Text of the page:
Saul Leiter (1923 – 2013)

Saul Leiter who died yesterday was a photographer who became better known in his eighties than he had been earlier in his life, as it was only in his seventies that he took many of his old 35mm Kodachromes taken on the streets out of their boxes and made the prints which showed his colour work from the 1950s and 60s, an age before colour photography became respectable to the art world.

Of course he wasn’t completely unknown before. He’d exhibited paintings on walls along with some very well-known artists, worked as a fashion photographer for Harper’s Bazaar, and even had his black and white photographs exhibited in MoMA (Museum of Modern Art) when Edward Steichen was at the helm.

Back in 2006, his show ‘Saul Leiter: Early Colour’ attracted a great deal of favourable critical comment, and at the time I noted:

Currently on show until 21 Jan 2006 at the Howard Greenberg Gallery in New York is Saul Leiter: Early Color. For a real photographic treat go to the gallery web site and look through the 42 superb images dating from 1948-60, mainly taken in New York, but also from Rome, Venice and Paris. Despite the title of the show, the site includes 12 fine black and white pictures.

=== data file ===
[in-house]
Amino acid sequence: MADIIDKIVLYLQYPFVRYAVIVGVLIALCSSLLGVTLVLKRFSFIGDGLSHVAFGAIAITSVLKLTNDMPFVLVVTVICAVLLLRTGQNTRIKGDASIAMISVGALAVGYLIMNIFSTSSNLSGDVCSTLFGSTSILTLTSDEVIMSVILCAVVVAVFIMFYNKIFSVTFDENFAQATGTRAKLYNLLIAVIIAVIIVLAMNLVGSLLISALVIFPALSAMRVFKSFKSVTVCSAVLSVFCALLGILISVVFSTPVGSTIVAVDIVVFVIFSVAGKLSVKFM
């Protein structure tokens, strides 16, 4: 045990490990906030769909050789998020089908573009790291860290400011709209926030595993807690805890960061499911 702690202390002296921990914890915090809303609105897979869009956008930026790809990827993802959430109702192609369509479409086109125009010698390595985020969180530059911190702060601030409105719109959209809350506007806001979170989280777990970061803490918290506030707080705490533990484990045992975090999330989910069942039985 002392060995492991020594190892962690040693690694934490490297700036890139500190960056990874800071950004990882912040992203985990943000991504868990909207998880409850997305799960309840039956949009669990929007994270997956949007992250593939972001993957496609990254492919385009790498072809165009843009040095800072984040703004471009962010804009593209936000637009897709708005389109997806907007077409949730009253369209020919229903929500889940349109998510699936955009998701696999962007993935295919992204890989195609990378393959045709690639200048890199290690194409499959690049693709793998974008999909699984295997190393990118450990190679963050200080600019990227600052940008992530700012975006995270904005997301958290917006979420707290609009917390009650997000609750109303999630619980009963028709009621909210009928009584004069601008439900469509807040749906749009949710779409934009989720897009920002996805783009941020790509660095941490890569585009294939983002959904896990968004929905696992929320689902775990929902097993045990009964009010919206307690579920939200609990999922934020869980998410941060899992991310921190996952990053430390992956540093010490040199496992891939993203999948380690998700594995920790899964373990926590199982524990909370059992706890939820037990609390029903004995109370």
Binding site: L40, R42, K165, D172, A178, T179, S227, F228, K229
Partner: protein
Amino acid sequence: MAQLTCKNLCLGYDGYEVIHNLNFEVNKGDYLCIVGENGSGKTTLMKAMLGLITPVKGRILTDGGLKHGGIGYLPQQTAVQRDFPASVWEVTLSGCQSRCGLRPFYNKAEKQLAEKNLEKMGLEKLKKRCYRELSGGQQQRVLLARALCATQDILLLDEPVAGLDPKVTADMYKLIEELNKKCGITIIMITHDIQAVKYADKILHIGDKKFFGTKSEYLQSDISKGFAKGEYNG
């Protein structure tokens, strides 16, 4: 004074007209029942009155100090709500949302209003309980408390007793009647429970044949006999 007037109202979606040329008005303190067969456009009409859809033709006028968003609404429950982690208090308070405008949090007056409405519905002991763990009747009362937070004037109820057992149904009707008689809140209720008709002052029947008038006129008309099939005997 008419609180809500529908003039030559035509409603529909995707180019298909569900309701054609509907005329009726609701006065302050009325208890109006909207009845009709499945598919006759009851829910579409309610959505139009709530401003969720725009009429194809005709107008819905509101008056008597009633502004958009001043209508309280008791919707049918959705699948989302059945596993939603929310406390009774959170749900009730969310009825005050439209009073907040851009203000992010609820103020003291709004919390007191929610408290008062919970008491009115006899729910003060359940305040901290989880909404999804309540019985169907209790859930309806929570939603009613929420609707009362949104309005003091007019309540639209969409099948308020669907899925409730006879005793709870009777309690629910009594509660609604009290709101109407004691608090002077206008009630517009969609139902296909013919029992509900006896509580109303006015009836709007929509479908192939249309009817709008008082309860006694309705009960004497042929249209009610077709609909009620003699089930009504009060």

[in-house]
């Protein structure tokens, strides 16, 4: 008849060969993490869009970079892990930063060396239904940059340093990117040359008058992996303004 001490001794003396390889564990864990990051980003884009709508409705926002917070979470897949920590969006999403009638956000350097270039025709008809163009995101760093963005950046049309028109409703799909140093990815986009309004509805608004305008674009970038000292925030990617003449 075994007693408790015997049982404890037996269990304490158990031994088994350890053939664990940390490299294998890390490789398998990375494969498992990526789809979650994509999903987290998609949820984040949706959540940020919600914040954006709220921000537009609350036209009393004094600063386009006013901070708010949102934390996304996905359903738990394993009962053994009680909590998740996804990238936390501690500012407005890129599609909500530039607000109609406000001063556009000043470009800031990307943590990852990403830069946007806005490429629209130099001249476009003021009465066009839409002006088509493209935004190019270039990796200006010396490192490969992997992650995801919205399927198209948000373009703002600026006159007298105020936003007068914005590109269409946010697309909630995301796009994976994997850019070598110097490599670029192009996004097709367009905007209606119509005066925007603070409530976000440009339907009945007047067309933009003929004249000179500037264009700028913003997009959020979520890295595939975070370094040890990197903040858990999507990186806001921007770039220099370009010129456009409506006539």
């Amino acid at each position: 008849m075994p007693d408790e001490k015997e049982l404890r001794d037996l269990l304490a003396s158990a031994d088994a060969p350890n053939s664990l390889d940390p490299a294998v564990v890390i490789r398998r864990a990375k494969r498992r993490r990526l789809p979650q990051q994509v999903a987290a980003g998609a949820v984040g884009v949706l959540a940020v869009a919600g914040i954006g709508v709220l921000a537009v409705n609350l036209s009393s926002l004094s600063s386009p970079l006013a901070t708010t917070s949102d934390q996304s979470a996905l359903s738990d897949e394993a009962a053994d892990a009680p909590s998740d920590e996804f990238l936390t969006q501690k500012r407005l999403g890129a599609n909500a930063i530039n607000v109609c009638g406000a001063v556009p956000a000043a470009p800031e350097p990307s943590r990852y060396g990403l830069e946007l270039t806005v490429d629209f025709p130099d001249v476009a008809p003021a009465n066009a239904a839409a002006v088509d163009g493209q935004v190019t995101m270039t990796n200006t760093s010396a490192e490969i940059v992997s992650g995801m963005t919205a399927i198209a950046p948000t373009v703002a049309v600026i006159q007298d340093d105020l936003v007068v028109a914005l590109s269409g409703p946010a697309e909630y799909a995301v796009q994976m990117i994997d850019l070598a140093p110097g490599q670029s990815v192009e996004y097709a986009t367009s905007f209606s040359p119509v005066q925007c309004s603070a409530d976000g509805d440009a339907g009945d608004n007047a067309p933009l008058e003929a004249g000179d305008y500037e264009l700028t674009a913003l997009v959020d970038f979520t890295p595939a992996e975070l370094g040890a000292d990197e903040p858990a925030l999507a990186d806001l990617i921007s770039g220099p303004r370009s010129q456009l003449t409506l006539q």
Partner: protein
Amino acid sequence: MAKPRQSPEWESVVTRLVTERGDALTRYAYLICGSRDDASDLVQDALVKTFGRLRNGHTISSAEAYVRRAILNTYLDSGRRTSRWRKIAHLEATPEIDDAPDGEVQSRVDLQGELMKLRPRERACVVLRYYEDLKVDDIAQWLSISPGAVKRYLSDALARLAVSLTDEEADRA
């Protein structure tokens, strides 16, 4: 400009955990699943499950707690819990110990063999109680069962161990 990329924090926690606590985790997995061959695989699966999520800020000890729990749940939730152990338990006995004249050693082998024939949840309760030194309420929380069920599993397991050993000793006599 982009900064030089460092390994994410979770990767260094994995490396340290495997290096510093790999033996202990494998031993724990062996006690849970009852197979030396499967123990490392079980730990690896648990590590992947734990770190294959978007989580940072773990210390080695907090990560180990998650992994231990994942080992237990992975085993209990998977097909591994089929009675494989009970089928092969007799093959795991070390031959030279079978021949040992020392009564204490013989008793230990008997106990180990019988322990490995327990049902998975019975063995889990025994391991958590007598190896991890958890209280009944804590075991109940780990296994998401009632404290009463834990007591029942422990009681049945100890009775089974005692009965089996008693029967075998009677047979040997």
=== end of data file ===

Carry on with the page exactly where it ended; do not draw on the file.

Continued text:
Leiter, born 1923, the son of a distinguished Talmudic scholar, began to study at Cleveland Theological College before leaving for New York to work as a painter. There he met Abstract Expressionist painter, Richard Pousette-Dart, who was also working with photography, and he also began taking pictures, working with 35mm colour on the streets of New York in the late 1940s.

Colour was alive and well in photography long before its discovery by the art world as ‘new color’ in the 1970s with the work of William Eggleston, Stephen Shore and others.

(Links updated – the Howard Greenberg gallery link is to his artist page there rather than the 2006 show and is not the identical selection and there are now only 39 works.)

One of the nicest current pieces I’ve seen about him is on Faded and Blurred, but you can also see selections of his work on Retronaut, Time Lightbox, Jackson Fine Art, Gallery 51, InPublic and of course Lens Culture, as well as watch the trailer for the film about him, ‘In No Great Hurry.’

As he says in the opening moments of the trailer, “There have always been people who liked color, its not as if I was the only person“, but although there certainly were others – such as Helen Levitt and possibly others currently unknown whose work may yet come to light – his work is permeated by a remarkable lyricism which apparently continued unabated even after he switched to digital in recent years.

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